PS4 and PS3 Top Capcom’s Home Console Sales; 3DS Dominates Portables in Latest Fiscal Year

on May 8, 2015 3:02 AM

Capcom announced today its financial results for Fiscal Year 2014 (ended on March 31st, 2015), and the company registered sales for 64.226 billion yen and a net profit of 6.616 billion yen, as you can see in the table below compared to previous years (the relevant column is the first highlighted in yellow).

The results announced today show a marked improvement in profit compared to previous years, even if sales were lower. The company plans to improve net sales to 76 billion yen and net income to 7.7 billion yen during the current fiscal year (second highlighted column), which will end on March 31st, 2016.

We can also notice that games remain the top revenue source, followed by arcade quite far behind.

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Interestingly, we also get a breakdown of unit sales per platform brand. PlayStation Consoles (PS4 and PS3 combined) lead home consoles this year (first highlighted column in the table below) with 2,450,000 units sold, followed by Xbox consoles with 1,200,000, and Nintendo machines with 150,000.  PC sales were 200,000 units.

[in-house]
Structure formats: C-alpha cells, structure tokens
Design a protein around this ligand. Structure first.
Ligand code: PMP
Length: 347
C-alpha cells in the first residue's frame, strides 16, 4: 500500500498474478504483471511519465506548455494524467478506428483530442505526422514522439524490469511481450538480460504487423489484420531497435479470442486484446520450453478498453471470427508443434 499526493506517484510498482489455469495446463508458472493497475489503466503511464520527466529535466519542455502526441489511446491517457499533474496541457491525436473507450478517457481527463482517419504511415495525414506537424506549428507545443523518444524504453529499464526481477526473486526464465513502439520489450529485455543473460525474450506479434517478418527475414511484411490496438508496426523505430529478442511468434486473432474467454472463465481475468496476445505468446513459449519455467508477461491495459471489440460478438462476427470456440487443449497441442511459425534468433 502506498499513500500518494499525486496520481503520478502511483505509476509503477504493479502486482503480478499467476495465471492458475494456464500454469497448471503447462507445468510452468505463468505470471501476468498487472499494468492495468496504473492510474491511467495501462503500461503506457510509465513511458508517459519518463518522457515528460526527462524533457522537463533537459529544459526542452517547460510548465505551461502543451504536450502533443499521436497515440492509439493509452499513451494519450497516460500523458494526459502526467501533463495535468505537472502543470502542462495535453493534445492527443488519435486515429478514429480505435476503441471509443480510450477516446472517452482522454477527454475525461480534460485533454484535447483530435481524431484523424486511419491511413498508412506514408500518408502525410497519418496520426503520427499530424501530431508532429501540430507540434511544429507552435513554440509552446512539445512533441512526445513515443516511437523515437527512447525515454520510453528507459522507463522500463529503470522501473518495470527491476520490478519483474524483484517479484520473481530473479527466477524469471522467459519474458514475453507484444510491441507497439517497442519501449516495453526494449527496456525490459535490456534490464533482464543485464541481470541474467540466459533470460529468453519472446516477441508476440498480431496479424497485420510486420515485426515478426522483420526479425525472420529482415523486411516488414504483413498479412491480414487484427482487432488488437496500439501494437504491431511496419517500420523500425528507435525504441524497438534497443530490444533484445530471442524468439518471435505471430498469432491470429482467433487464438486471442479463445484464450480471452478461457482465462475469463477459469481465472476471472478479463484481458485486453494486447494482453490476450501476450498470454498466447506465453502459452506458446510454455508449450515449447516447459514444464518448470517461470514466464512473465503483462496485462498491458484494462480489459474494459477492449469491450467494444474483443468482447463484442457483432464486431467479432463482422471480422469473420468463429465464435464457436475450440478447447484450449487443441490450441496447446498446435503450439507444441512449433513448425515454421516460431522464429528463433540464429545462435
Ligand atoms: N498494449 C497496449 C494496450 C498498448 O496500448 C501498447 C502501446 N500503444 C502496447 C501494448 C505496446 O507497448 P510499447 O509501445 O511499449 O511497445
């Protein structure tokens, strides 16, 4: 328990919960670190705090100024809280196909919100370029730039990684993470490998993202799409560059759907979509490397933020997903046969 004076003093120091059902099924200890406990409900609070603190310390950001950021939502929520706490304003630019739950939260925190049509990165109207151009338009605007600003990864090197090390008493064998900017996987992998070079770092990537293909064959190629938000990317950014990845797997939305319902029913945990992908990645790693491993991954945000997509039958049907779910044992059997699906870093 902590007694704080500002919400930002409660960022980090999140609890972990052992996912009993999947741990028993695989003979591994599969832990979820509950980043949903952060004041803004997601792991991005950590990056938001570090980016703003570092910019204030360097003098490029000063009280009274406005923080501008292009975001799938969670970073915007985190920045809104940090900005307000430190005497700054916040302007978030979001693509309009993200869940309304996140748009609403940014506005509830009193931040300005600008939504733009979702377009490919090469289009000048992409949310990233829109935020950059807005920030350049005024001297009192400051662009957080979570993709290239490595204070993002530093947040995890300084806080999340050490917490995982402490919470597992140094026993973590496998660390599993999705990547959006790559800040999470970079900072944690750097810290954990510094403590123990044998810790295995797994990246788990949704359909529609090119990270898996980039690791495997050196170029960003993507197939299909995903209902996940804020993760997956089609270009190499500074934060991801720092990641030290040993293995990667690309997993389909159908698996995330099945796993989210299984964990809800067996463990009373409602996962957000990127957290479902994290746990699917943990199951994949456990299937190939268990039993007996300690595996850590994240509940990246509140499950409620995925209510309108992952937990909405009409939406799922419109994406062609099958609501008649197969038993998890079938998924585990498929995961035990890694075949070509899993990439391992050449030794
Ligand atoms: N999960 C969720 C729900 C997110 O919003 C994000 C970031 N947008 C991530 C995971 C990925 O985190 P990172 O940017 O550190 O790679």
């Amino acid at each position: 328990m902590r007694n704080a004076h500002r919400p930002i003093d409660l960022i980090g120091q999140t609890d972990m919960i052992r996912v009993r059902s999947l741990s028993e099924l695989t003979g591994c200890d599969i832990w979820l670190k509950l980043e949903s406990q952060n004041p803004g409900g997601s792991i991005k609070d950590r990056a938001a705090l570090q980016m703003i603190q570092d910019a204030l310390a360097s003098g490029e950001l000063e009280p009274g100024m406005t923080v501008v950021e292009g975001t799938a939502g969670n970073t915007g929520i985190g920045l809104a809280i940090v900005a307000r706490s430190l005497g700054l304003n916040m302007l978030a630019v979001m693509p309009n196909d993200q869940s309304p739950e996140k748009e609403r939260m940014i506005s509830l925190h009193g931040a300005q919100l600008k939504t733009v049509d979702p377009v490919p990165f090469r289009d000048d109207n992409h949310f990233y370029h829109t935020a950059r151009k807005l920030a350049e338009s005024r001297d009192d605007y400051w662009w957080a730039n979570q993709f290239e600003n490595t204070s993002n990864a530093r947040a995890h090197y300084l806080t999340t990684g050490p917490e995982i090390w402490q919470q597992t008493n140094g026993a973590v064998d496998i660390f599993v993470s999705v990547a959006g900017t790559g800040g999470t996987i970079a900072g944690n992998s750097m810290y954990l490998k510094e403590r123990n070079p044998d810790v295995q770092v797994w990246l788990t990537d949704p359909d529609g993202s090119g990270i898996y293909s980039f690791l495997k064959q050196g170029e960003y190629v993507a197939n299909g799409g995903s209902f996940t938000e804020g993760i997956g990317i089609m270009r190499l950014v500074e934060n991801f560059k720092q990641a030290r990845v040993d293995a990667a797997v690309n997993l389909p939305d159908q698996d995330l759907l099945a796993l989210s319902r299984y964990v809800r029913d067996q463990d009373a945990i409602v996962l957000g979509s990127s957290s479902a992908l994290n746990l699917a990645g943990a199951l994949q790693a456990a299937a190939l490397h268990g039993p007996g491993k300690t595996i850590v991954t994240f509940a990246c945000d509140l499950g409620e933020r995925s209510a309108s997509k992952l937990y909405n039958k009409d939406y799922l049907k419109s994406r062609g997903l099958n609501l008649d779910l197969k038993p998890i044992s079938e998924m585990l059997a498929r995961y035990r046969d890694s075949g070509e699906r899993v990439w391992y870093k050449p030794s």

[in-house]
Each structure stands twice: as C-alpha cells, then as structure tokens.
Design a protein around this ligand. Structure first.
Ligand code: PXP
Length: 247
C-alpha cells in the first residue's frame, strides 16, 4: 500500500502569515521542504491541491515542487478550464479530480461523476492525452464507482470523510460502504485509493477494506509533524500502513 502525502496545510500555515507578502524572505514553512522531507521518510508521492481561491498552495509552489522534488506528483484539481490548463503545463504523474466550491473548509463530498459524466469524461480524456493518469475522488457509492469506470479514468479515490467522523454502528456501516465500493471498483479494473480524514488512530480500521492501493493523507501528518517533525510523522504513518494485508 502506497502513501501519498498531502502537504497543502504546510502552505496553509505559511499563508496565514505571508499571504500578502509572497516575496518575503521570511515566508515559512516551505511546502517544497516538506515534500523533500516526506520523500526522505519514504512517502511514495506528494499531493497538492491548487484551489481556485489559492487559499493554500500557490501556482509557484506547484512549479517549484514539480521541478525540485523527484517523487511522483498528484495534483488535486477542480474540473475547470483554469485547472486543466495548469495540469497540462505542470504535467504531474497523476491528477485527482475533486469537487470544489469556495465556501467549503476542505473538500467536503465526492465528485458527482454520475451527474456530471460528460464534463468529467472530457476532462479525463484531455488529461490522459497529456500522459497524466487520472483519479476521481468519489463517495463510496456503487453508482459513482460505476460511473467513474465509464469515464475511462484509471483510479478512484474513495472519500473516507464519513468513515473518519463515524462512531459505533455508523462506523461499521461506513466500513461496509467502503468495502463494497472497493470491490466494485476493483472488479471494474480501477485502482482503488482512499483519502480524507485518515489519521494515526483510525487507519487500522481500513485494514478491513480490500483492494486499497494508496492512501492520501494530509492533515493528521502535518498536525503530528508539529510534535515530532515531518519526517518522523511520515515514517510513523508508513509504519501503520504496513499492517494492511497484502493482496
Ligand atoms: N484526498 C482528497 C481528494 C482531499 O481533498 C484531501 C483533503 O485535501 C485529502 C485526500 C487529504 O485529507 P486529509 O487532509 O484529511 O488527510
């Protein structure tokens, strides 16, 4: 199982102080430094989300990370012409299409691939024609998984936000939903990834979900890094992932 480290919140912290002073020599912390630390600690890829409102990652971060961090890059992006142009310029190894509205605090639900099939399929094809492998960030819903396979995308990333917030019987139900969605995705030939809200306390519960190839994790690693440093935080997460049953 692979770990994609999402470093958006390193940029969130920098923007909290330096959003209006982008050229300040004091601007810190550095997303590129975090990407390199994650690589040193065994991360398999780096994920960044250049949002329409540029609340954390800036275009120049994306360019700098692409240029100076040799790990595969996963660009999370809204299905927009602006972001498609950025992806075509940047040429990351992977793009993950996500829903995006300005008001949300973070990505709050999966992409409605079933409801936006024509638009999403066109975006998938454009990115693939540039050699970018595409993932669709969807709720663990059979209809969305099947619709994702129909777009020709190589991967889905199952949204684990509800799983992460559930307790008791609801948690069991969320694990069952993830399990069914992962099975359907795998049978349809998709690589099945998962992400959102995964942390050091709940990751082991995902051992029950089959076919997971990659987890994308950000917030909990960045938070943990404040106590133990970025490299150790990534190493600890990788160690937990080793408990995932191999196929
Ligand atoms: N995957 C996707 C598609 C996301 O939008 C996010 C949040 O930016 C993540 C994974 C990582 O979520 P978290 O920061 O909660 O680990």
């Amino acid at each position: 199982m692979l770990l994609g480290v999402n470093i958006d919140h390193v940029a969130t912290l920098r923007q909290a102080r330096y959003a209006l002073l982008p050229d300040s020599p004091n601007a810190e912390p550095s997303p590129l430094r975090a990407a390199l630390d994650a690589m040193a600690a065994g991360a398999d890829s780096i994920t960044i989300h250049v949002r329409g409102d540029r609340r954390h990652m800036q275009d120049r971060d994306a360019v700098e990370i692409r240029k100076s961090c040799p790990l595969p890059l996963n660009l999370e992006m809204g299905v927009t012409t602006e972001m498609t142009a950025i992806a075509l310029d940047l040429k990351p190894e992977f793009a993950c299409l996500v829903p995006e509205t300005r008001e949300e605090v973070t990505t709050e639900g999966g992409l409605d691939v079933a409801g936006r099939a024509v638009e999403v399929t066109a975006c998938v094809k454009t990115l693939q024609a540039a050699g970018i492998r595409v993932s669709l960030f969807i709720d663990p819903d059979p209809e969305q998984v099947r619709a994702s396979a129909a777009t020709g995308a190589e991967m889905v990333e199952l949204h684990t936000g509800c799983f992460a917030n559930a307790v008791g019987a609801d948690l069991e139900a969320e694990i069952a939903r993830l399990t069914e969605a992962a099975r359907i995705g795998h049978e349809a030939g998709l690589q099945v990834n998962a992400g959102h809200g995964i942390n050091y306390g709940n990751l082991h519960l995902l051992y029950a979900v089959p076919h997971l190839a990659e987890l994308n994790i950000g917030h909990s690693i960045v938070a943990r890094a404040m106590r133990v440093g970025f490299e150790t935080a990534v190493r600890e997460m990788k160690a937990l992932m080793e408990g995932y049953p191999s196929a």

Portable sales are largely dominated by the Nintendo DS/3DS family, for which Capcom sold 3,750,000 software units, followed far behind by PS Vita/PSP, that generated 250,000 sales.

Japan remains the best market for the company for physical sales, followed by North America and Europe. Interestingly, Capcom plans to sell more physical games in Japan during the current fiscal year, but less in the west, replaced by a large increase in digital download sales. According to the forecast, the total number of game sales should remain flat at 13 million units.

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 /  Executive News Editor
Hailing from sunny (not as much as people think) Italy and long standing gamer since the age of Mattel Intellivision and Sinclair ZX Spectrum. Definitely a multi-platform gamer, he still holds the old dear PC nearest to his heart, while not disregarding any console on the market. RPGs (of any nationality) and MMORPGs are his daily bread, but he enjoys almost every other genre, prominently racing simulators, action and sandbox games. He is also one of the few surviving fans of the flight simulator genre on Earth.
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